To suggest that Harvard is close to meeting this standard indicates a lack of understanding of the spirit and letter of Chapter 40B; the regulations that implement it; and the substantial body of case law related to it, which is what ultimately determines the rules of engagement. I submit that questions concerning the mechanics of the law and its applicability are best answered by town counsel, not through speculation by the various town boards and committees in the media.

Don’t misunderstand me; 40B is a complex issue. It poses real challenges for town officials trying in good faith to balance local concerns with their responsibilities under the law. The challenges are amplified in communities with no public water or sewer system. But of 161 eastern Massachusetts communities, Harvard has the 38th largest land area (excluding Devens) and the sixth lowest density, yet the percentage of its year-round housing stock that qualifies for inclusion on the Subsidized Housing Inventory is just 2.8 percent. Without Devens, this drops to 2.6 percent. We should be able to find a way to increase and diversify our supply of affordable housing, and 40B will likely be a tool we’ll need.

We have prepared a sound plan, committed financial resources in the form of Community Preservation funds, and established an Affordable Housing Trust Fund. Three of our neighbors — Bolton, Berlin, and Acton — have recently received certification of adequate progress under their Planned Production Plans, so they now have a one-year reprieve from 40Bs that are inconsistent with those plans. Their Planned Production Plans were very similar to Harvard’s, and all three achieved this milestone as the result of 40B development.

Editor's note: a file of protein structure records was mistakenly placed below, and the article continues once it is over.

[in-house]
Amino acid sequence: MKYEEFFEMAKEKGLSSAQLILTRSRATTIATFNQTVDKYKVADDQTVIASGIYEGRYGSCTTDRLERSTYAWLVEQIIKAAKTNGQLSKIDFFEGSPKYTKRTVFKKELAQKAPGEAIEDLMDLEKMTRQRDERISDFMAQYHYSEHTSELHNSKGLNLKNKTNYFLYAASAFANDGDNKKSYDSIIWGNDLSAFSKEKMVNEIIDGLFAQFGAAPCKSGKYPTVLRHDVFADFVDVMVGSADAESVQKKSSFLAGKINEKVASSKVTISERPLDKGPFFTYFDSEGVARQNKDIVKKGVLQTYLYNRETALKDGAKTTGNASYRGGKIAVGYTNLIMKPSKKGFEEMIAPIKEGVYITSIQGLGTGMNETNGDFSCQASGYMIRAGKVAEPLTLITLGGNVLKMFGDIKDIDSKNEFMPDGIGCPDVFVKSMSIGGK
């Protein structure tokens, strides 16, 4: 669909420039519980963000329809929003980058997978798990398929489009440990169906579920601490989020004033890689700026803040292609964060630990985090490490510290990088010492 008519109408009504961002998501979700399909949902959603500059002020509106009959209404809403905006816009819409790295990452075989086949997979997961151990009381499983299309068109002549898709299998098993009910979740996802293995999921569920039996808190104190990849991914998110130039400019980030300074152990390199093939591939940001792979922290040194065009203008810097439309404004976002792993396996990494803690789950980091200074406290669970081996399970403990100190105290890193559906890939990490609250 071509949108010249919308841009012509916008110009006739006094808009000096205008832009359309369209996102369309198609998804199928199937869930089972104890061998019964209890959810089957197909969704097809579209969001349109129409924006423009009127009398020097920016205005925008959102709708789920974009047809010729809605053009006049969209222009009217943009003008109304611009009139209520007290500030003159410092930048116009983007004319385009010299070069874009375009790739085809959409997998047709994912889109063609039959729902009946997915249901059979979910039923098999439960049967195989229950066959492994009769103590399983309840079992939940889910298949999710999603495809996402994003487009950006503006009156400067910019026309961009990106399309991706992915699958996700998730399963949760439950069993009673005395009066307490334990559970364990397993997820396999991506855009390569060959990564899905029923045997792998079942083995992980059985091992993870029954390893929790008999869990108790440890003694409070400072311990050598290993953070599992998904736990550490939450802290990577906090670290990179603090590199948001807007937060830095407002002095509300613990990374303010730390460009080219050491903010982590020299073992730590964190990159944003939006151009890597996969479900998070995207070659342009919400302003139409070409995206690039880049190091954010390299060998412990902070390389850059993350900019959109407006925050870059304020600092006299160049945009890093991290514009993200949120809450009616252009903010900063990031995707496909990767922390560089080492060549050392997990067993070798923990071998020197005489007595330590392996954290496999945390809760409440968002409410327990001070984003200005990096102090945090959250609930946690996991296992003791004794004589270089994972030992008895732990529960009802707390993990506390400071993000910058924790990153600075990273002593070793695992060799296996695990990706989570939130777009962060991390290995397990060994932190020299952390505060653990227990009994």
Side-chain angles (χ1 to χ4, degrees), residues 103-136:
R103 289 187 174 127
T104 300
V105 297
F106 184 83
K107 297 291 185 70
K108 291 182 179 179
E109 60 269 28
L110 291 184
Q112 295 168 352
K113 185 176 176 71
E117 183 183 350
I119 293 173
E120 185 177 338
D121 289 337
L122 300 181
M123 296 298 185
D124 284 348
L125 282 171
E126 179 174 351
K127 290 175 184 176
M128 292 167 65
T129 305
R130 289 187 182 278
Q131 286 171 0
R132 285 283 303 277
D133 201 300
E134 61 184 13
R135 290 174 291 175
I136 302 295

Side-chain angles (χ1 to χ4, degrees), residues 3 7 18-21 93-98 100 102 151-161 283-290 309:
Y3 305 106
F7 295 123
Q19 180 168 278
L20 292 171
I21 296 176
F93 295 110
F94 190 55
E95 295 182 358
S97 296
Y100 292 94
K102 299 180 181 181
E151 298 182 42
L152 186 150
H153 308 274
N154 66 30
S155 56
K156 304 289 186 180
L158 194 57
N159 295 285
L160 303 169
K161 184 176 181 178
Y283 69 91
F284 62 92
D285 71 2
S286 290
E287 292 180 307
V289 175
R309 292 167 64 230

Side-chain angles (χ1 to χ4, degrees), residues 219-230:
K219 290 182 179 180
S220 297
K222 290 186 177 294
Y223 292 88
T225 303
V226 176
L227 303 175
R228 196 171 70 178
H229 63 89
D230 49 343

40B is an easy law to hate, but it is also the vehicle that now accounts for much of the region’s market rate, as well as affordable, housing development. In a state where chronically high housing costs (even in today’s soft real estate market) are driving out jobs and talented, well-educated workers, my prediction is it’s a law that is unlikely to go away anytime soon. Harvard should focus its considerable talents on increasing the supply of attractive, sustainable affordable housing, not looking for loopholes and fighting every proposal that comes our way.


The author is a consulting planner and the author of “The Record on 40B” (2003), prepared for the Governor’s Task Force on 40B, and the recently released “Update on 40B Production” (2007). Her clients include government agencies, municipalities, nonprofit organizations, and financial institutions but not 40B developers.

FYI — There are many resources available to help communities understand the 40B process and to deal with proposals under the statute. The state’s Department of Housing and Community Development, in conjunction with the Massachusetts Housing Partnership and Citizens’ Housing and Planning Association, periodically conduct training sessions targeted to local officials. Information on the next such session is available at the following Web link: